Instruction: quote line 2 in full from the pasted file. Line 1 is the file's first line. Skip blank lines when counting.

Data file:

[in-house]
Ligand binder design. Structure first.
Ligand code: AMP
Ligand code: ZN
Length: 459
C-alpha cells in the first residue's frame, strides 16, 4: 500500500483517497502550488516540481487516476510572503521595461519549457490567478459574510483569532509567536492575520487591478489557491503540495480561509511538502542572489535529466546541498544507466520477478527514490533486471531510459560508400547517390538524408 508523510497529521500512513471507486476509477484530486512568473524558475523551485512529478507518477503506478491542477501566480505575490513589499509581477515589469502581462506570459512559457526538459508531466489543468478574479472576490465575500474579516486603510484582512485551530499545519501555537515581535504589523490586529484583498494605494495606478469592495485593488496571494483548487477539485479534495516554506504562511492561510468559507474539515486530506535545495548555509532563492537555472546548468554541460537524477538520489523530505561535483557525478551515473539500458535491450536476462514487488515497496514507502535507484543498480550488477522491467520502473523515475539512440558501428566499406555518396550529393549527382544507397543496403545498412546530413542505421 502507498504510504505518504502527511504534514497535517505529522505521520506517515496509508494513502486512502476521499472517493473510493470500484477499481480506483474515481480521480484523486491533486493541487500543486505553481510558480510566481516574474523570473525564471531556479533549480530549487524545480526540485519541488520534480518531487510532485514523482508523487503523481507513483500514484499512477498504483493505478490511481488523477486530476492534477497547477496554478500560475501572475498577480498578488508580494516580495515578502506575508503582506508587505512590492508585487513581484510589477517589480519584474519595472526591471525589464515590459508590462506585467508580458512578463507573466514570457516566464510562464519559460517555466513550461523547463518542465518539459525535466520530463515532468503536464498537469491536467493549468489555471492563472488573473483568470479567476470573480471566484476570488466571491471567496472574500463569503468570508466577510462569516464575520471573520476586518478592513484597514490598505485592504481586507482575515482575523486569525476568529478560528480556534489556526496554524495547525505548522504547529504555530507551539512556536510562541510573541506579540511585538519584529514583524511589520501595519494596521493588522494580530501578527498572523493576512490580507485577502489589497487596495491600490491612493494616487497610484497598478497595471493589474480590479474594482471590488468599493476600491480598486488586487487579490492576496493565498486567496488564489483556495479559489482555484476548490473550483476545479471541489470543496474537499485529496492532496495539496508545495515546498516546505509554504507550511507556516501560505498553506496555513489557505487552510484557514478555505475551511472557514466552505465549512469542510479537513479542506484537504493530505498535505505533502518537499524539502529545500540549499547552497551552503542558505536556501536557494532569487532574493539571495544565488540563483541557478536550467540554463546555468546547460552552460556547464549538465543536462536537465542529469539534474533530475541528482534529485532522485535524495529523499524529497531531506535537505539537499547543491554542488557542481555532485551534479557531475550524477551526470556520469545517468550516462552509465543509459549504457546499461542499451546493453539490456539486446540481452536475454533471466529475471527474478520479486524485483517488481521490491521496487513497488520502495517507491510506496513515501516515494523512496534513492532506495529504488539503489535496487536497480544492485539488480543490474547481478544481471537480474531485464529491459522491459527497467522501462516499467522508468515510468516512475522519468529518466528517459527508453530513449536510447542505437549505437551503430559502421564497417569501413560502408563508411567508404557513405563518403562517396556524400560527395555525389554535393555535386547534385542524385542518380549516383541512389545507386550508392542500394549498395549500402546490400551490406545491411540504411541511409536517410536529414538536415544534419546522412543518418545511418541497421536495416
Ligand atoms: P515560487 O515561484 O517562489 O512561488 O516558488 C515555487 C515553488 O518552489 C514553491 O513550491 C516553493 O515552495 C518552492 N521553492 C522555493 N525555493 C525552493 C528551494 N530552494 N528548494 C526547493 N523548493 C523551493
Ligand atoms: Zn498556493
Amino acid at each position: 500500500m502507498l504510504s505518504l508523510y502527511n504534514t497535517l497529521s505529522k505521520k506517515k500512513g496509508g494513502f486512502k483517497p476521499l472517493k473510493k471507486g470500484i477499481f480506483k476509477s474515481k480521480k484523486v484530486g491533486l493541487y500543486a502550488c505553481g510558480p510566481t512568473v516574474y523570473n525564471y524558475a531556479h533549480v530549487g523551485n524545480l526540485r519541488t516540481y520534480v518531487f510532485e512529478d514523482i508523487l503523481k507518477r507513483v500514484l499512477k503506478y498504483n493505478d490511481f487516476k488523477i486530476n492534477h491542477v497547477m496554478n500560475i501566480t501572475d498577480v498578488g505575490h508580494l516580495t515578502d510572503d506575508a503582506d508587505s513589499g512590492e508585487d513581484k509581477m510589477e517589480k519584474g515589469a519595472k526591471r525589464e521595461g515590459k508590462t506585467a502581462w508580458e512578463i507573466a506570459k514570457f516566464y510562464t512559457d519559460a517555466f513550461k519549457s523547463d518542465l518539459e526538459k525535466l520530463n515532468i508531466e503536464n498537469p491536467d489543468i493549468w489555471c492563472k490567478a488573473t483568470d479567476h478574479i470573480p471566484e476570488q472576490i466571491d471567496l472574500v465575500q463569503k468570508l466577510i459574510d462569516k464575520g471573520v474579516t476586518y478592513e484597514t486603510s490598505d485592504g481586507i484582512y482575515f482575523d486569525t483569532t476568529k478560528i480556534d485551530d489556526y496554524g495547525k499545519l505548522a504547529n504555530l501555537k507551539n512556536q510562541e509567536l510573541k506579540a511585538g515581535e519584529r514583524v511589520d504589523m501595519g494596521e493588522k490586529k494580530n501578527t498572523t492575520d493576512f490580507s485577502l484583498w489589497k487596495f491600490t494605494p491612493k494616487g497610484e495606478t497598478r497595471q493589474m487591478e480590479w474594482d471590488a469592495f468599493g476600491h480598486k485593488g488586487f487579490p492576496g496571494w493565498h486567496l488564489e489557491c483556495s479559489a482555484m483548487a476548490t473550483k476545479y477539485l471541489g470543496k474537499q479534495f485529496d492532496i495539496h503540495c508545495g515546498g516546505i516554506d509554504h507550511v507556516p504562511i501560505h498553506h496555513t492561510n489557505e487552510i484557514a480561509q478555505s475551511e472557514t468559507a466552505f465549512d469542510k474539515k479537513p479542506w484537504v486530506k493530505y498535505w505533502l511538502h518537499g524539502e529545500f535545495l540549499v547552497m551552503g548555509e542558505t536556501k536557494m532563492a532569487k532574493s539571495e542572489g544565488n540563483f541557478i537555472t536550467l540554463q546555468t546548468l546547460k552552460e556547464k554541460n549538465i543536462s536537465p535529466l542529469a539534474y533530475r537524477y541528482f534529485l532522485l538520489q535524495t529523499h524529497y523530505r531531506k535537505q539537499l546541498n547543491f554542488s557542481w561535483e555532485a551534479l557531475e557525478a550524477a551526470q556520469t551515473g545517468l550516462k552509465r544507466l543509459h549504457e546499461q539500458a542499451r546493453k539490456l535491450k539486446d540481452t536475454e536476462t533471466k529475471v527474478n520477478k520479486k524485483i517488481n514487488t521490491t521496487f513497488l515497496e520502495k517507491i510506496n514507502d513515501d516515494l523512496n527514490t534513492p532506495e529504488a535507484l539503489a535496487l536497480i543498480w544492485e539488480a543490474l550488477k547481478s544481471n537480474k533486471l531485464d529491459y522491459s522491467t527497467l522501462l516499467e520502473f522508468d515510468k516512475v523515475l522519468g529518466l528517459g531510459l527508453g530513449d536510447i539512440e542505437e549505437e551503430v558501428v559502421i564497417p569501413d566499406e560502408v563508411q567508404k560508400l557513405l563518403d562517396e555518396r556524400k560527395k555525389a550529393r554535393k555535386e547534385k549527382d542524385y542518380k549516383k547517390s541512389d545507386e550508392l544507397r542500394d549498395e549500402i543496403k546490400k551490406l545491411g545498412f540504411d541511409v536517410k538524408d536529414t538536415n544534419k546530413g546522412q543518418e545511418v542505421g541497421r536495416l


Ligand binder design. Structure first.